NEW DELHI: The Centre has defended the legality of the new Information Technology (IT) Rules before the Delhi High Court, saying that the rules seek to prevent the misuse of the freedom of press and protect the citizens from fake news in the digital media space which used to be largely unregulated.
The Centre, in its counter affidavit filed on a challenge to the constitutional validity of the new IT Rules, has submitted that although the right to freedom of speech and expression, including the freedom of press, is critical for a vibrant democracy like India, citizens cannot be treated as passive consumers.
While submitting that there have been past incidents of disinformation on digital media leading to disturbance of public order, the Centre has asserted that digital media allows sensational content being re-circulated in a different context leading to misinterpretation by the audience, making it susceptible to being used as fake news.
“IT Rules seek to prevent the misuse of the freedom of press by empowering the audience with a mechanism to raise their grievances related to the content being published by the digital news publishers through a grievance redressal mechanism with an emphasis on the self-regulatory architecture for digital news publishers, and are therefore not only within the ambit of the Act, but also fulfill the object sought to be achieved by the (IT) Act,” said the affidavit recently filed jointly by the Ministry Of Information and Broadcasting and Ministry Of Electronics and Information Technology.
Before the notification of the Rules, digital news media was largely unregulated.
It is submitted that before the notification of the Rules, no such mechanism was currently in operation with regard to news on digital media, thereby leading to a discriminatory imbalance within the news media ecosystem with respect to content on traditional media, it added.
The Information Technology (Intermediary Guidelines and Digital Media Ethics Code) Rules, 2021, which were notified in February, impose several obligation on online entities including an obligation to take down contentious content quicker, appoint grievance redressal officers and assist in investigations.
In its affidavit, the Centre has claimed that the regulation of media content in the electronic form, including news and current affairs content and online curated content, is well within the scope of the IT Act and the new rules do not provide any additional restrictions apart from what is already prohibited by existing statutes.
The Centre has argued that as opposed to the traditional media, the reach of digital media is far wider as compared to traditional media which makes it a powerful tool for information campaigns by foreign state and non-state actors to influence public opinion in any nation.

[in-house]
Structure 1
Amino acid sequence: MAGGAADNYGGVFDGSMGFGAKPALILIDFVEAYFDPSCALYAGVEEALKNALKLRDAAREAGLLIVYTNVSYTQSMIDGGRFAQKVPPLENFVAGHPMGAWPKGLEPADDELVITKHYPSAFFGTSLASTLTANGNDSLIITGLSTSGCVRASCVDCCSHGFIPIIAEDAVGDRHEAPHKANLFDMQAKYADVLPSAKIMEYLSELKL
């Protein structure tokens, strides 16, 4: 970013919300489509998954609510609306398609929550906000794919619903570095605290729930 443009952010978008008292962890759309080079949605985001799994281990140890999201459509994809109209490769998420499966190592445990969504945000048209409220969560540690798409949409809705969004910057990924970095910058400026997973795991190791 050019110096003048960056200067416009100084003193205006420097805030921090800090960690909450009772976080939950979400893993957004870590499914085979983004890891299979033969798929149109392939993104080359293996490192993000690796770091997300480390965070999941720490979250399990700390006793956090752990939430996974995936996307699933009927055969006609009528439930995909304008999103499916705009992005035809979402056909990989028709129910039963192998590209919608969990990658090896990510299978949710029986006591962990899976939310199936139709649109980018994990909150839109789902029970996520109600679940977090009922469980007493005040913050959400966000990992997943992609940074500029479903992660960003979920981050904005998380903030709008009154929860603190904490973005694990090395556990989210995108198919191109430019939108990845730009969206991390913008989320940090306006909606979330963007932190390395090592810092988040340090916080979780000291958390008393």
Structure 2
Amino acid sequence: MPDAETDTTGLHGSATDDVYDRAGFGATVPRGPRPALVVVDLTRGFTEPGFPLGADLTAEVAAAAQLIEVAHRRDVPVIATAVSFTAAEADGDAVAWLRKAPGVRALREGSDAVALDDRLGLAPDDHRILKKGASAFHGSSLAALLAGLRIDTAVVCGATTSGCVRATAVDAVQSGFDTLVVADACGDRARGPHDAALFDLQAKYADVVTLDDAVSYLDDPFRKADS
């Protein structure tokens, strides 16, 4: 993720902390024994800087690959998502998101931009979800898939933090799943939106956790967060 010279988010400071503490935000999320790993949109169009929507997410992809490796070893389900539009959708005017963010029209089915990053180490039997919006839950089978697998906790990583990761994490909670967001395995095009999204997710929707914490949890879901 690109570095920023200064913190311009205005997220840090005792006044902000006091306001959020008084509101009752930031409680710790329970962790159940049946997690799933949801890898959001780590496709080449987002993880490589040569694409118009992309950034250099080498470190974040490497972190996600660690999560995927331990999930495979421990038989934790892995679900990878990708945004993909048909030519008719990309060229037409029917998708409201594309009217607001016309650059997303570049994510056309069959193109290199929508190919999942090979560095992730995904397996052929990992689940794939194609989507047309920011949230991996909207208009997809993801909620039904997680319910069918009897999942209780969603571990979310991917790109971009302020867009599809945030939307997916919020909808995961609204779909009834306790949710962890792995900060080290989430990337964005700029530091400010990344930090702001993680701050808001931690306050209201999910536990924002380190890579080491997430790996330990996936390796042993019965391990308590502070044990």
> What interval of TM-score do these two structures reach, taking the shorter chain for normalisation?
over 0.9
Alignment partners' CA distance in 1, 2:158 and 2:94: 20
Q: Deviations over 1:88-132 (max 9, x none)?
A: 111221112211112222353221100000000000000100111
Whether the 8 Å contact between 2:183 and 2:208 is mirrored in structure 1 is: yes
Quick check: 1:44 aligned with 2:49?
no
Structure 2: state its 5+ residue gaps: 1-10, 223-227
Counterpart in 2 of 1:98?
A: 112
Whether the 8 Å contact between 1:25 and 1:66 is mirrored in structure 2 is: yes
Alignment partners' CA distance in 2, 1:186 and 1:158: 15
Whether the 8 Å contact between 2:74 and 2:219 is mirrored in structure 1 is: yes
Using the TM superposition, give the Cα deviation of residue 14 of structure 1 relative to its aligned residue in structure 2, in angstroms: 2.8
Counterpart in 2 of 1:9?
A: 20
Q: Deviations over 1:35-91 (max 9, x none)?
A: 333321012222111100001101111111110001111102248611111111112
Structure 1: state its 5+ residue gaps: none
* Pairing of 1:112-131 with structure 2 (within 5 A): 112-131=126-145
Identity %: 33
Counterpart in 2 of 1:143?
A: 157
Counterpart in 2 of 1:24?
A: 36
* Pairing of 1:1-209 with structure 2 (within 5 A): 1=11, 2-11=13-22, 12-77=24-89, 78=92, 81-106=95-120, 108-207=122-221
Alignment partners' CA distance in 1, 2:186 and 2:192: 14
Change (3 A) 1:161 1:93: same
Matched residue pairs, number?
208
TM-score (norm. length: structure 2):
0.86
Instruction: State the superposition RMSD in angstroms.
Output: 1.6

Online platforms, for commercial reasons, may have a tendency to retain the consumer on their platform for a longer period.
This results in proliferation and spread of news content that appears to be sensational.
The risk of false or misleading information is greater over the internet as the same can be spread rapidly within the society, the affidavit said.
It is an economic environment marked by competition for eye-balls and regulatory vacuum with respect to the content on digital media has led to spread fake news and other potentially harmful content without any accountability of digital news publishers, it added.
The Centre has also claimed that there has been no discernible impact of the new IT rules on digital content and over 1,800 digital media publishers, over 97% of them being publishers of news and current affairs content, have appointed a Grievance Redressal Officer (Level-I), and furnished their information to the Ministry.
The high court had earlier issued notices and sought responses of the Centre on the petitions by Foundation for Independent Journalism, The Wire, Quint Digital Media Ltd and Pravda Media Foundation which is the parent company of Alt News.
The petition by Quint Digital Media Ltd challenged the constitutional validity of the IT Rules under the provisions of Information Technology Act, 2000, inasmuch as they purport to apply to ‘publishers of news and current affairs content’ as part of digital media, and consequently regulate these entities under the Rules by imposing government oversight and a Code of Ethics’ which stipulates such vague conditions as good taste’, decency’ and prohibition of half-truths’.
The pleas sought striking down of the specific part of the IT Rules on the ground that it violates Article 19(1)(a) and 19(1)(g) of the Constitution creating a chilling effect on media freedom, Article 14 of the Constitution by creating an unreasonable classification and by setting up a parallel adjudicatory mechanism to be overseen by the officials of the executive and is ultra vires the IT Act.